COLORADO SPRINGS, Colo. – Carlin Dunne, the four-time winner of the Pikes Peak Hill Climb, died after highsiding into the last turn before the finish line, according to officials looking into the cause of the deadly crash.
Highsiding happens when the rear wheel of the bike loses traction, skids, and then suddenly regains traction, flipping the rider head first off the motorcycle or over the handlebars.
The findings were released Tuesday by the Pikes Peak Hill Climb’s Race Director and Race Safety Team, who also found no signs of mechanical failure in the bike following Sunday’s crash.
“We mourn the tragic death of Carlin and he will remain in our hearts forever as part of the Pikes Peak International Hill Climb family,” said Pikes Peak International Hill Climb executive director Megan Leatham. “Carlin was loved by everyone who was lucky enough to know him. We not only lost one of the greatest ever to compete on Pikes Peak, but more importantly an irreplaceable friend to this organization.”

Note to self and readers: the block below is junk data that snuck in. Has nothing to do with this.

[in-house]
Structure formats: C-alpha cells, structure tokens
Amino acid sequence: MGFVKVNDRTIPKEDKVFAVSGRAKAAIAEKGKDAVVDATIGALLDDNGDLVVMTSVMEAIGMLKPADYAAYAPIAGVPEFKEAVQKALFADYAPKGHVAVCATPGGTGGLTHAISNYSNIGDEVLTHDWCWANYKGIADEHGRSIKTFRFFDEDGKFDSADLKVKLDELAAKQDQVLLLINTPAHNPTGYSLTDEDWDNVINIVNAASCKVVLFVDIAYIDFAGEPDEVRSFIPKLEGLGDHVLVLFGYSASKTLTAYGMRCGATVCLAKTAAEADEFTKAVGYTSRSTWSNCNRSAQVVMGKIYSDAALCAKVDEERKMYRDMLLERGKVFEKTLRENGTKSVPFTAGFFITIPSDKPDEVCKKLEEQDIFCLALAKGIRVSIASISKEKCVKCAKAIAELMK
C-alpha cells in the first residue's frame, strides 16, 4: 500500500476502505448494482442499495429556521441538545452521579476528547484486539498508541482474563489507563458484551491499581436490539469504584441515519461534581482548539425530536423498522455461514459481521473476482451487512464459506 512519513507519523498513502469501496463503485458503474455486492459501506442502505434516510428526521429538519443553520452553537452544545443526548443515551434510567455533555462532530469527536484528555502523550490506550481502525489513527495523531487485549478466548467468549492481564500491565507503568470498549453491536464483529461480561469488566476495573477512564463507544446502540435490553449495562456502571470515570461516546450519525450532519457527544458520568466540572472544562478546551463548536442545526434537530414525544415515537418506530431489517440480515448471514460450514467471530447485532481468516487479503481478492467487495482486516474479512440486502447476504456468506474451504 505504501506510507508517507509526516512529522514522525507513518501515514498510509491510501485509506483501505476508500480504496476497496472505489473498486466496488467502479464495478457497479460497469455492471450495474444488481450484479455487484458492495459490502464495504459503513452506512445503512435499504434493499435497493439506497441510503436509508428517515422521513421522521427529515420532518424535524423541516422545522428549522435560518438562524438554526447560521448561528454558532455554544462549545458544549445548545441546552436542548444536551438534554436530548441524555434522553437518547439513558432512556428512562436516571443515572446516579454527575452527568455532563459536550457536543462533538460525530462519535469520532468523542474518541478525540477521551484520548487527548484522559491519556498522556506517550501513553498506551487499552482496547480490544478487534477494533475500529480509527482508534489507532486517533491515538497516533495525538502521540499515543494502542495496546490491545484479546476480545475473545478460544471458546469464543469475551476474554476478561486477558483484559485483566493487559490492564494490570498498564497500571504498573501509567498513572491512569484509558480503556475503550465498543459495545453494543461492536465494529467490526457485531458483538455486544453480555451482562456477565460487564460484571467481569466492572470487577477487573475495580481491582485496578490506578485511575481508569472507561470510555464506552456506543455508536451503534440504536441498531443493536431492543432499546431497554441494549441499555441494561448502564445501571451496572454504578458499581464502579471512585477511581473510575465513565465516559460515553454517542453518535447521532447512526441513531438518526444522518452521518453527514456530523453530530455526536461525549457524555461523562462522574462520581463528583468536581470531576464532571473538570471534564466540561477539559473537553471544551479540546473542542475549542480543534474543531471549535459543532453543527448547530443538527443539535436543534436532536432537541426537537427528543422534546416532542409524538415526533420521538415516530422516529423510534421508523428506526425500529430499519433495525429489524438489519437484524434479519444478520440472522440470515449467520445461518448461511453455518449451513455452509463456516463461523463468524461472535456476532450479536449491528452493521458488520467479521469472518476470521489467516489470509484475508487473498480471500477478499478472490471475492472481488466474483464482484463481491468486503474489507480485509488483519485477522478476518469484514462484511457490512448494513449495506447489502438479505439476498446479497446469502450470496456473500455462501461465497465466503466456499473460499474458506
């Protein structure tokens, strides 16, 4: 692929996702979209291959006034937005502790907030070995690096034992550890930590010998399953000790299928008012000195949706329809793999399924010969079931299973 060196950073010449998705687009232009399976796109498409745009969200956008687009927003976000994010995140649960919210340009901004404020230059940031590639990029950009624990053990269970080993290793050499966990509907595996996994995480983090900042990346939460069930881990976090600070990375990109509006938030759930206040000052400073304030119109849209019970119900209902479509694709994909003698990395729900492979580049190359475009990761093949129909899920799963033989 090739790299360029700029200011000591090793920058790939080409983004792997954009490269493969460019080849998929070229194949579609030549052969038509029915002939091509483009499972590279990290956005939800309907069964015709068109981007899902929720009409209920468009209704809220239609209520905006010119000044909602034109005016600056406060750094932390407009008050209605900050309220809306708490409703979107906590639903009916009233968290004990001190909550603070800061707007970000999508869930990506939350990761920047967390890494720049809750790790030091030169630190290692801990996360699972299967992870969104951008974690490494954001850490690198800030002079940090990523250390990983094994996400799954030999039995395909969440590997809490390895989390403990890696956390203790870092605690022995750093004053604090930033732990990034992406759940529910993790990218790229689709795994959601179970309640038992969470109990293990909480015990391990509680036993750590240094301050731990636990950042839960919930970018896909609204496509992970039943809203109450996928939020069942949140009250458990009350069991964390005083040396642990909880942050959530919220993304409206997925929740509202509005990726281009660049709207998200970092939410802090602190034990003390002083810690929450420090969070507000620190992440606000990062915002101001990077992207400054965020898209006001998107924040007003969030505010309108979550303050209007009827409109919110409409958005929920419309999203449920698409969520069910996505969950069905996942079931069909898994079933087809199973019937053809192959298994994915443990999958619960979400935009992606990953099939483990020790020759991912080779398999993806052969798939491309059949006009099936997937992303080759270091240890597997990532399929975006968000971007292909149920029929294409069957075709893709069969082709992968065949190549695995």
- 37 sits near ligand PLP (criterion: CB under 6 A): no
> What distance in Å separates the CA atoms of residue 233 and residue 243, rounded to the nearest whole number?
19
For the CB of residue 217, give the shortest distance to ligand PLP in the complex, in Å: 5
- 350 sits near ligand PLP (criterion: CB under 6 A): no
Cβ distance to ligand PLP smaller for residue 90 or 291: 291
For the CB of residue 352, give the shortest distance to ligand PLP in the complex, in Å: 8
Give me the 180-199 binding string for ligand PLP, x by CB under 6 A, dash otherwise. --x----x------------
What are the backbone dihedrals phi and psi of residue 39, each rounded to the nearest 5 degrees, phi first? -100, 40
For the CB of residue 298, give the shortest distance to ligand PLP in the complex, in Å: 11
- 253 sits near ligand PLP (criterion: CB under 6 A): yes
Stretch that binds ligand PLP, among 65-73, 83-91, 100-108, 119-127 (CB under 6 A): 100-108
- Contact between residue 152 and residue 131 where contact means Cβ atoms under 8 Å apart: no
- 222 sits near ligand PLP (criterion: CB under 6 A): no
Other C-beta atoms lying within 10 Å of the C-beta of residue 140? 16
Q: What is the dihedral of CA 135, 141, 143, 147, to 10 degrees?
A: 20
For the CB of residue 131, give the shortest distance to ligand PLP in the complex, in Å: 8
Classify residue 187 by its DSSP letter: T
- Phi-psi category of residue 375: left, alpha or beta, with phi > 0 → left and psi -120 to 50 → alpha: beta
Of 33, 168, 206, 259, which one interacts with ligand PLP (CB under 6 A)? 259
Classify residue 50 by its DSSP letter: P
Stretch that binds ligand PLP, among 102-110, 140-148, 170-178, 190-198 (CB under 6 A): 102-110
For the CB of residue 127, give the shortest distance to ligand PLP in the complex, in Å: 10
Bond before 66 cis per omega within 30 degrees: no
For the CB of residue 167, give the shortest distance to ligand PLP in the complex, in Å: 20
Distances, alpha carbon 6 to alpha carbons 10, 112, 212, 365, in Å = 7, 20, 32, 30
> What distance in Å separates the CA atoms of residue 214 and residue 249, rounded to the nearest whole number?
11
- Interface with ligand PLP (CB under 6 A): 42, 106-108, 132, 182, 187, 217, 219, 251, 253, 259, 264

The Pikes Peak International Hill Climb is a 12.42-mile race to the summit of Pikes Peak. Dunne, 36, had won the iconic race four times and was defending his title when he was killed Sunday morning at the 97th edition of the race.
Before Sunday's race, Dunne talked to CNN about the dangers he and others face in the 4,720-foot climb.
"It can be dangerous if you don't take it seriously," said Dunne. "There's so many variables in a racecourse like this, everything from animals to the weather. It's almost like it's a living, breathing organism, this mountain, and you have to take it seriously."
Dunne gained legendary status at the Pikes Peak race after winning in 2011, 2012, 2013 and 2018. He set the course record back in 2012, but that was eventually broken in 2017 by Chris Fillmore.